While the different touch-screen-controlled avionics systems have different software and different hardware configurations, just like different versions of G1000 do, they are substantially similar in design and the user experience. All of it is much prettier to look at and much easier to use, the former being an aesthetically fortuitous side effect of the latter.
While G2000 is an upgrade to the G1000 system, it is much more than that too. It is a whole new approach for Garmin, one that will guide the company’s lineup for years to come, as the design of G1000 did. As such, it is a risk. Garmin, because its G1000 system was so ubiquitous, has in large part taught a new generation of pilots what flat-panel avionics are all about, and with G2000, it will be rolling out a whole new interface, a whole new way of looking at the way we pilots interact with the avionics in our airplanes.
Now, there has been some confusion about touch screens. G2000’s main screens, the PFD and the MFD, are not touch-screen devices. Instead they are controlled by a touch-screen controller pad, the GTC 570. In most installations, the G2000 will be controlled by a single touch-screen controller. In other airplane installations, it might have more touch-screen controllers. In the Citation Ten and the newly announced midsize Latitude, the G5000 system will have four touch-screen controllers. The airplane in which I flew G2000 was outfitted with two GTC 570s for development purposes. Only one is needed, though the two controllers interact seamlessly.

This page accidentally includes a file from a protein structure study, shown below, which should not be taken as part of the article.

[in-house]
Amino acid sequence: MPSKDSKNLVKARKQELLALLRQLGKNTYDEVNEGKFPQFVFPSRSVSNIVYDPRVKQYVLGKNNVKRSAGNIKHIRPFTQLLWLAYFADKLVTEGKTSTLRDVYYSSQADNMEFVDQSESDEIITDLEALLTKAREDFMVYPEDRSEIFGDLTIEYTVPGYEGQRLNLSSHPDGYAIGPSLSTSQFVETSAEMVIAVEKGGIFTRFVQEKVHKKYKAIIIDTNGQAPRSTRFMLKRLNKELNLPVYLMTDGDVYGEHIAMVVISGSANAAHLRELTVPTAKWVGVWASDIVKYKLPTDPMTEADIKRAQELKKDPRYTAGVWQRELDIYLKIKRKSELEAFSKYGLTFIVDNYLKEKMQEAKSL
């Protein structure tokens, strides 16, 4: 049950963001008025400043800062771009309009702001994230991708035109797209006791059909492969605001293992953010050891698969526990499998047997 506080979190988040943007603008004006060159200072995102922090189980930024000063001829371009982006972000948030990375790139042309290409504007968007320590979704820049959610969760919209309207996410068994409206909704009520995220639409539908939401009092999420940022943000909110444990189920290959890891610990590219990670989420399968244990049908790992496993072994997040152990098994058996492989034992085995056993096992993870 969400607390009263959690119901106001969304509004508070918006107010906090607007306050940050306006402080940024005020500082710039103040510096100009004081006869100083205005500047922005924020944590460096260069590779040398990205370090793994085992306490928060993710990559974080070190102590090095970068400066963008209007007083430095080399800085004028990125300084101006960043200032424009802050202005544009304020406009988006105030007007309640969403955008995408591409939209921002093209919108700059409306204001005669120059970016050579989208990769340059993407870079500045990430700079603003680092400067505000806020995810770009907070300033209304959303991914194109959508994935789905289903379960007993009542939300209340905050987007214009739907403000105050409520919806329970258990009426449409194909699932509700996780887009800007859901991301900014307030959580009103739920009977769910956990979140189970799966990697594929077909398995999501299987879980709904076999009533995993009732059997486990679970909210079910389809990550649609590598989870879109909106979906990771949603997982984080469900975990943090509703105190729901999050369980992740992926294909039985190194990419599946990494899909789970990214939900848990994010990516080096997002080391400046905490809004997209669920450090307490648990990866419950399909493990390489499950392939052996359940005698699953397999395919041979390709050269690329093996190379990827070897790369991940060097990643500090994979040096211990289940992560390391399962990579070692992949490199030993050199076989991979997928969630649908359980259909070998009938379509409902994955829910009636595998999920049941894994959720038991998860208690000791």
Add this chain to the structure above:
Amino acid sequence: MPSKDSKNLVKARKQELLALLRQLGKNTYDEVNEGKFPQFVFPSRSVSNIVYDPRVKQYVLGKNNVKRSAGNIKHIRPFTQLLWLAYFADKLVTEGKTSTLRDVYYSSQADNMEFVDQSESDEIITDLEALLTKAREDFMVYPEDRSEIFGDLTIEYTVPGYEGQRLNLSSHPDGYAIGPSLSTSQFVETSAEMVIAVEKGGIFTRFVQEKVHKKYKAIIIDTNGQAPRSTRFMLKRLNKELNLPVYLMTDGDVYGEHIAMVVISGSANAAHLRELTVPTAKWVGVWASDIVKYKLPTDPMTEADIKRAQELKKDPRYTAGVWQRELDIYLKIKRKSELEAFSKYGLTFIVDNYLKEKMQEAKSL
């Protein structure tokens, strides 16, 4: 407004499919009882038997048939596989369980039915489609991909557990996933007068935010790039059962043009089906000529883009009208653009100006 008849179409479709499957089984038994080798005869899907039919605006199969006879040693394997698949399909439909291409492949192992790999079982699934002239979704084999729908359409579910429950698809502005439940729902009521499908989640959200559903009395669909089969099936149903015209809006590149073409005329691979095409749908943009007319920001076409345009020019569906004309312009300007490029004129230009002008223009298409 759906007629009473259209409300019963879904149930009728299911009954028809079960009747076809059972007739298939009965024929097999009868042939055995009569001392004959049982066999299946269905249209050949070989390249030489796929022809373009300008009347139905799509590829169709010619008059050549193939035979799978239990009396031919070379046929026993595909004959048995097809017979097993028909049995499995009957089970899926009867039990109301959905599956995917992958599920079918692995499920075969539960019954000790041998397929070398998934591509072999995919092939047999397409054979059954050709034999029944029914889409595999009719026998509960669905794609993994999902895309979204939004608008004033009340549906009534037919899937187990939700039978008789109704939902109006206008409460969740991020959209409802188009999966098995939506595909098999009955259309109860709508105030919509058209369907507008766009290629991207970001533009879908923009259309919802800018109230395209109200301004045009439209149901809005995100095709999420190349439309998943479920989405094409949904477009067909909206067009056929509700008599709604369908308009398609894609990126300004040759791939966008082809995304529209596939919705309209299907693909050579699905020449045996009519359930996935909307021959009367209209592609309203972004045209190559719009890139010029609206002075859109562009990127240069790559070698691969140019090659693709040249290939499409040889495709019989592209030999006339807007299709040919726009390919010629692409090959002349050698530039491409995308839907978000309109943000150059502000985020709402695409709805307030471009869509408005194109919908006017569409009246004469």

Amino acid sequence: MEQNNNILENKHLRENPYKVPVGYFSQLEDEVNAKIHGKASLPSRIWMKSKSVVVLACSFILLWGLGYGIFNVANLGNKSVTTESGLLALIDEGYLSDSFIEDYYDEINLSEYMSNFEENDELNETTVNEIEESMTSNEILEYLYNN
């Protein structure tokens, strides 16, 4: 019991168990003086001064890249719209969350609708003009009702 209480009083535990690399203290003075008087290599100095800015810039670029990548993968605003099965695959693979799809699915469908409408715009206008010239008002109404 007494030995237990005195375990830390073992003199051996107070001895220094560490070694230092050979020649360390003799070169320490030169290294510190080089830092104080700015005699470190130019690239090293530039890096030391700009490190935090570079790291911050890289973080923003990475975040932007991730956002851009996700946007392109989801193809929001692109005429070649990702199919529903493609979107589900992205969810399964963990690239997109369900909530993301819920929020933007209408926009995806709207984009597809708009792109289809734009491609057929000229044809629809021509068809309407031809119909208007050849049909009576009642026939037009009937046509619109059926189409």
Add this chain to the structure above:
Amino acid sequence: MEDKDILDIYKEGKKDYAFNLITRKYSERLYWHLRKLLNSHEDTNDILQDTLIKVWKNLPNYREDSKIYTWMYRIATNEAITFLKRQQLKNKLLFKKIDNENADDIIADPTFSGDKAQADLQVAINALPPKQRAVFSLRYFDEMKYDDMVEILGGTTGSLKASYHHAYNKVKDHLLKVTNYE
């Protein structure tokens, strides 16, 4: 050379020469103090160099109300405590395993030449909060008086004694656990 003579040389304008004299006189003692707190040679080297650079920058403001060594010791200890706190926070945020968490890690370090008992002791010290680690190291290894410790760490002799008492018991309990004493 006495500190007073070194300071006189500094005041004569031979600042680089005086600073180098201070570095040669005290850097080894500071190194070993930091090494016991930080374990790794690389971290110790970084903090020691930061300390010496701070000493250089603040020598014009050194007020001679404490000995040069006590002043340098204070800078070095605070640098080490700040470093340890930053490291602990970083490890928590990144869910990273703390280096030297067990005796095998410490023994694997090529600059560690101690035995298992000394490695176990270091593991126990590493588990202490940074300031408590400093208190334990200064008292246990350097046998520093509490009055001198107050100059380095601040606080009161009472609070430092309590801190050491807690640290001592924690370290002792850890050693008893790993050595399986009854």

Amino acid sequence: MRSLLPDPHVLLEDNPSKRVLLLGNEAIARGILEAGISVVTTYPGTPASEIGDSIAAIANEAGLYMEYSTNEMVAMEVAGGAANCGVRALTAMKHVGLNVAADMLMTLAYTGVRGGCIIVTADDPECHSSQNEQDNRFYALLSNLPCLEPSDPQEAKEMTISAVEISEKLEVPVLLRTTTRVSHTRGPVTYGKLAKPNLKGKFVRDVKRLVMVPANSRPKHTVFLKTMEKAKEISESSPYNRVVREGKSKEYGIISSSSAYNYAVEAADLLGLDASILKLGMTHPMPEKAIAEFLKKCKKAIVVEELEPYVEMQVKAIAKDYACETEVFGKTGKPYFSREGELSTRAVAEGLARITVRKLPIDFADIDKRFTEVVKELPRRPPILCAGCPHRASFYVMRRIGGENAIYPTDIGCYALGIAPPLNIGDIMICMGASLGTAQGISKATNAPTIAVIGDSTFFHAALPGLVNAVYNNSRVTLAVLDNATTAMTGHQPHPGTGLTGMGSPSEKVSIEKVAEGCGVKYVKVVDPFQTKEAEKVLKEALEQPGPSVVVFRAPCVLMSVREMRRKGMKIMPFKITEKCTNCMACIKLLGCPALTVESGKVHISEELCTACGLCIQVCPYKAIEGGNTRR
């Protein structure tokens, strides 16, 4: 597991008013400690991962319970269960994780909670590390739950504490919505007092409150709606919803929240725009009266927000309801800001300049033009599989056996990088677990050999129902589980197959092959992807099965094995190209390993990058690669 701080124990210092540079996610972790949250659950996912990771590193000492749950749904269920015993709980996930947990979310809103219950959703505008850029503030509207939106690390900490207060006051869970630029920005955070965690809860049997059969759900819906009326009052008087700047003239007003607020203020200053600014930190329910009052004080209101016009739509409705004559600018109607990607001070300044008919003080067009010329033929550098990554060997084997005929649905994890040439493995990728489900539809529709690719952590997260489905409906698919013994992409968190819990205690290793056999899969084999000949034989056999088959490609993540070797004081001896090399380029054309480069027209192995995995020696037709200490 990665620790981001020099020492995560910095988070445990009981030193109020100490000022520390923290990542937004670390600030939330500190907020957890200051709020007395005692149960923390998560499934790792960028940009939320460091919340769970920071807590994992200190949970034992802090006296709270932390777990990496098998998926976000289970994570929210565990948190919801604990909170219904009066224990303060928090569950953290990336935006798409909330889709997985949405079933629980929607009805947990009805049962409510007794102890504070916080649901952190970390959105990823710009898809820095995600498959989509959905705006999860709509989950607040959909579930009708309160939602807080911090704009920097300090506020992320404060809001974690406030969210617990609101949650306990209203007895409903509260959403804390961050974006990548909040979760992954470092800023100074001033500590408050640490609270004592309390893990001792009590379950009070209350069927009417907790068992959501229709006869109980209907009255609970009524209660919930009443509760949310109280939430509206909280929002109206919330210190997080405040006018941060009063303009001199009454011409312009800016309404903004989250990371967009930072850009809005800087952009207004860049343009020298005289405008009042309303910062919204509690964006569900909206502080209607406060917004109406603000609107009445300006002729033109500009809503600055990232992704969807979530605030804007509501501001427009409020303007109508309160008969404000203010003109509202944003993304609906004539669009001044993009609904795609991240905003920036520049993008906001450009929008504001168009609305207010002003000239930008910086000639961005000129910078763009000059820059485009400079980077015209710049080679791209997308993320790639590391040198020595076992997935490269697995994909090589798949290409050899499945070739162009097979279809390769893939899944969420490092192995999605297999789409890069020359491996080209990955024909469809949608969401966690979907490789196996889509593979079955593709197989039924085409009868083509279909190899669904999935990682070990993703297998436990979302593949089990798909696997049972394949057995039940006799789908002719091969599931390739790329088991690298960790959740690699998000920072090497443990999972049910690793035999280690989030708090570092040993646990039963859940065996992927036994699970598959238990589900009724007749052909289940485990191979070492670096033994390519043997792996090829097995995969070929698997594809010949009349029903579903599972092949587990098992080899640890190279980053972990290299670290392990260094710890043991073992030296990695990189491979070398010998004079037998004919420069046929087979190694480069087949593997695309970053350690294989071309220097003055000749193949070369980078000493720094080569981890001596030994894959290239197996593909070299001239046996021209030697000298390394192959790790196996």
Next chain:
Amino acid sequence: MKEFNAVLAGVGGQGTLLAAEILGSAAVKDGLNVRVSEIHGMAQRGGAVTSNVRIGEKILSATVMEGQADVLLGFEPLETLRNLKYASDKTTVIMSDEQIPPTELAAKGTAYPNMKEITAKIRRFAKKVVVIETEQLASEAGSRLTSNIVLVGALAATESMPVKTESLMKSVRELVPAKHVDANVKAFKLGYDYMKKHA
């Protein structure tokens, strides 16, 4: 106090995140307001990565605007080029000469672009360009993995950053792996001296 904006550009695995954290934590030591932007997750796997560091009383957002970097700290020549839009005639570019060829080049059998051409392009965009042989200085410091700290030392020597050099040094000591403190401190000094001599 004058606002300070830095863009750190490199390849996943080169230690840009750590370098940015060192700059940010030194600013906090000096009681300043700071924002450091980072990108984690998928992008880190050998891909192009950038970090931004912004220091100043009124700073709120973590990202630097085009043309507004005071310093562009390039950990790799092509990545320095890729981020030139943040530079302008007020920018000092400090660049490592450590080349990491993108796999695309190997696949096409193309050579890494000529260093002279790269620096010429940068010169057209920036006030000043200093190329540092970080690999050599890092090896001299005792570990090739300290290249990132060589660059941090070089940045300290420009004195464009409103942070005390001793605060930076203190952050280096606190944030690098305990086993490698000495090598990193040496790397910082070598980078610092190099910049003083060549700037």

The principles underlying G2000 — most of what I say will also apply to the G3000 and G5000 systems — are immediately apparent when you use it. Not only that, but they are immediately apparent when you use the company’s other latest aviation products, including the GTN series panel-mounted navigators and even its Aera handheld navigators.
The common design traits among all of these products are the use, primarily, of touch controls, a highly symbolic graphical user interface and pilot-friendly software.
All the outward components of G2000 are new: The displays, the controllers, the autopilot mode controller and the PFD controller are specific to the new system, and all of them take advantage of new technologies. At the same time they provide system redundancy. If the touch controller were to fail, you could do everything you need to do with the physical PFD controller.